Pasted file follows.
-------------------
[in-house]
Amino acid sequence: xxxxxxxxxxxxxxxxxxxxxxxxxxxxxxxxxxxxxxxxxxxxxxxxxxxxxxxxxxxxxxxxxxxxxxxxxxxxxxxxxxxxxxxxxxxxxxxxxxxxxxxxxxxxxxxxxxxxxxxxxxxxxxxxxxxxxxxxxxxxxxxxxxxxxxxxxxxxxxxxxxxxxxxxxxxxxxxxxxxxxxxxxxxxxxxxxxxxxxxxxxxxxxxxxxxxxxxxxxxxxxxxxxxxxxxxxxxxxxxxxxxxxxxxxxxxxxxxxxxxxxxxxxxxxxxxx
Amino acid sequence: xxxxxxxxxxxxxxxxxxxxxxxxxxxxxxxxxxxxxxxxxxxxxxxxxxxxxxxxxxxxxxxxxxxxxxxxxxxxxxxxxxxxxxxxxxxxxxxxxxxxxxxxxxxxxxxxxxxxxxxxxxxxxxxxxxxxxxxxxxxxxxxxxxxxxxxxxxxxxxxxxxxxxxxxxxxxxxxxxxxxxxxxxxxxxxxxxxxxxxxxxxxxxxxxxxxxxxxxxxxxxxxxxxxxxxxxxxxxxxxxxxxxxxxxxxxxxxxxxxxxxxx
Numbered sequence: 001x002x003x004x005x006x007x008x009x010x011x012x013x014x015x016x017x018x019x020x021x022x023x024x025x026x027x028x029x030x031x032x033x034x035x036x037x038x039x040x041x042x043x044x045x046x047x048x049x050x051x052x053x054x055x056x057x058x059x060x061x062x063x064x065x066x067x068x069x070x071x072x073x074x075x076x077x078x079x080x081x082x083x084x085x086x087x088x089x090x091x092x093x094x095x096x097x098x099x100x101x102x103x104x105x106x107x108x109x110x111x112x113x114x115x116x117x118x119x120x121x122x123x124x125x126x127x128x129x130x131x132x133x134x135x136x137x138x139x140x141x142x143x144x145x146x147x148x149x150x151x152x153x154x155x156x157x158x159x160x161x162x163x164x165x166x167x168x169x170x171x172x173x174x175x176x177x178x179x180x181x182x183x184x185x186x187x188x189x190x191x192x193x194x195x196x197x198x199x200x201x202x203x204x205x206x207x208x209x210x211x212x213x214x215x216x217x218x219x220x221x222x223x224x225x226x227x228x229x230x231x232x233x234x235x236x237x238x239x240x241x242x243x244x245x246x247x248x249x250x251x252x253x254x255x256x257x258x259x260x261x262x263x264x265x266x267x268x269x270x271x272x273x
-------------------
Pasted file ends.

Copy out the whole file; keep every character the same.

[in-house]
Amino acid sequence: xxxxxxxxxxxxxxxxxxxxxxxxxxxxxxxxxxxxxxxxxxxxxxxxxxxxxxxxxxxxxxxxxxxxxxxxxxxxxxxxxxxxxxxxxxxxxxxxxxxxxxxxxxxxxxxxxxxxxxxxxxxxxxxxxxxxxxxxxxxxxxxxxxxxxxxxxxxxxxxxxxxxxxxxxxxxxxxxxxxxxxxxxxxxxxxxxxxxxxxxxxxxxxxxxxxxxxxxxxxxxxxxxxxxxxxxxxxxxxxxxxxxxxxxxxxxxxxxxxxxxxxxxxxxxxxxx
Amino acid sequence: xxxxxxxxxxxxxxxxxxxxxxxxxxxxxxxxxxxxxxxxxxxxxxxxxxxxxxxxxxxxxxxxxxxxxxxxxxxxxxxxxxxxxxxxxxxxxxxxxxxxxxxxxxxxxxxxxxxxxxxxxxxxxxxxxxxxxxxxxxxxxxxxxxxxxxxxxxxxxxxxxxxxxxxxxxxxxxxxxxxxxxxxxxxxxxxxxxxxxxxxxxxxxxxxxxxxxxxxxxxxxxxxxxxxxxxxxxxxxxxxxxxxxxxxxxxxxxxxxxxxxxx
Numbered sequence: 001x002x003x004x005x006x007x008x009x010x011x012x013x014x015x016x017x018x019x020x021x022x023x024x025x026x027x028x029x030x031x032x033x034x035x036x037x038x039x040x041x042x043x044x045x046x047x048x049x050x051x052x053x054x055x056x057x058x059x060x061x062x063x064x065x066x067x068x069x070x071x072x073x074x075x076x077x078x079x080x081x082x083x084x085x086x087x088x089x090x091x092x093x094x095x096x097x098x099x100x101x102x103x104x105x106x107x108x109x110x111x112x113x114x115x116x117x118x119x120x121x122x123x124x125x126x127x128x129x130x131x132x133x134x135x136x137x138x139x140x141x142x143x144x145x146x147x148x149x150x151x152x153x154x155x156x157x158x159x160x161x162x163x164x165x166x167x168x169x170x171x172x173x174x175x176x177x178x179x180x181x182x183x184x185x186x187x188x189x190x191x192x193x194x195x196x197x198x199x200x201x202x203x204x205x206x207x208x209x210x211x212x213x214x215x216x217x218x219x220x221x222x223x224x225x226x227x228x229x230x231x232x233x234x235x236x237x238x239x240x241x242x243x244x245x246x247x248x249x250x251x252x253x254x255x256x257x258x259x260x261x262x263x264x265x266x267x268x269x270x271x272x273x